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Buyer's Guide LMS -LCMS

A guide for buyers of distance learning systems

What are Learning Content Management Systems (LCMS)? LMS vs. LCMS: What's the difference?

Learning Management Systems (LMSs) deliver and administer online courses to employees or students, while tracking their progress on the learning path. But to put these online courses together, teachers, trainers and managers need content. These are the content management systems (LCMS).

Below we offer a useful guide for this type of software platform that you can use to make a more informed purchase decision.

What else do you want to know?

• What are training content management systems?

• LMS vs. LCMS: What's the difference?

• General functionality of training content management systems

• How much do content management training systems cost?

• What type of buyer are you?

What are Learning content management systems?

Aimed at content developers and designers, LCMS are software platforms where e-learning content can be created, stored and managed.

The benefits of LCMS are twofold. First, content authors have a space where they can create and modify learning objects, which can include text, video, grades, and more. Second, LCMS offers secure storage for these learning objects so that they can be reused and rearranged for future use. This not only allows maximum flexibility in creating content, but also frees organizations from costly duplicate development efforts.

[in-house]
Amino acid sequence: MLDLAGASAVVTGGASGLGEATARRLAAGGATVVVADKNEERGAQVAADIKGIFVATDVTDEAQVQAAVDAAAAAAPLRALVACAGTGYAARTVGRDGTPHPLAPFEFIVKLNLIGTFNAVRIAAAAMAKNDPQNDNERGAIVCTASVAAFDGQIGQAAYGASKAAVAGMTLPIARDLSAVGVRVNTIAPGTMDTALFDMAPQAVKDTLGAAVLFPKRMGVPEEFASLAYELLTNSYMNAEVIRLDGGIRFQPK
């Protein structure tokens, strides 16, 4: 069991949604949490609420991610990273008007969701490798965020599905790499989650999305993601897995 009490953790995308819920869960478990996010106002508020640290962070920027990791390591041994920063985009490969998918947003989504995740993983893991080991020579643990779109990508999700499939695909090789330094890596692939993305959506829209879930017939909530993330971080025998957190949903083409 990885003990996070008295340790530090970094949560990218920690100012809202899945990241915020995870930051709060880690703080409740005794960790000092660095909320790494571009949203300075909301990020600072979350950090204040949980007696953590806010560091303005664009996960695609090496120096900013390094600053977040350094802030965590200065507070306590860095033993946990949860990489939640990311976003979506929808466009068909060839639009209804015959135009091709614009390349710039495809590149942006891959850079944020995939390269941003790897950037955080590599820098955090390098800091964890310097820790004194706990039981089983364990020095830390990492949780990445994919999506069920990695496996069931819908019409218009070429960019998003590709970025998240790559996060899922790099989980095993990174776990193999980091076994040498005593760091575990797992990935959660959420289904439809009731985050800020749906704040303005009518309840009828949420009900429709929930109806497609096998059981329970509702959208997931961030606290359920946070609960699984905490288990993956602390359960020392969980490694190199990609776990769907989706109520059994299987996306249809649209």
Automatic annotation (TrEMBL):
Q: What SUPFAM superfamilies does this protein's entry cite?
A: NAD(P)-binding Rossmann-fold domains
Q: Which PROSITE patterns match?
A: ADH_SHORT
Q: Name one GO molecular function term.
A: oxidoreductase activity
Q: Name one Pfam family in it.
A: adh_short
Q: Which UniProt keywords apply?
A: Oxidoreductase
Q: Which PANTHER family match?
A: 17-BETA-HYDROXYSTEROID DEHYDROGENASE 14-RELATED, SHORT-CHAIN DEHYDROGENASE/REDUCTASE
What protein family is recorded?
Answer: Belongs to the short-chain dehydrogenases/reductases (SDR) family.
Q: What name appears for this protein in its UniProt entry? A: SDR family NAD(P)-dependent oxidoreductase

LMS vs. LCMS: What's the difference?

Because of their similarities, people often think that LMS and LCMS are one and the same thing. In fact, the term "LMS" has evolved to describe products that have both LMS and LCMS functionality, which can be incredibly confusing for buyers. But there are differences that you can look out for, and this can help you choose the type of platform that is best for your organization.

The biggest difference you should be aware of: LCMS is used to create course content, while LMS is used to convey that content to learners. Whether you have separate systems for your LCMS and LMS, or use a single LMS package that includes both (which is common), they work in tandem to manage the entire e-learning process.

For example, let's say a programmer needs to create e-learning content for updated management techniques. They can use LCMS to create this content, combining pre-existing assets such as video, audio and images with content that can be created on the system, such as text and test. LCMS can then help them arrange all of this material into a logically consistent, comprehensive course on the subject.

From there you can publish the finished content in the LMS. Learners enter the LMS to take courses and assessments, while managers and corporate trainers can access the learner's progress tracking system.

General functionality of training content management systems

Here are some typical features you'll find in content management systems:

• Development of educational sites.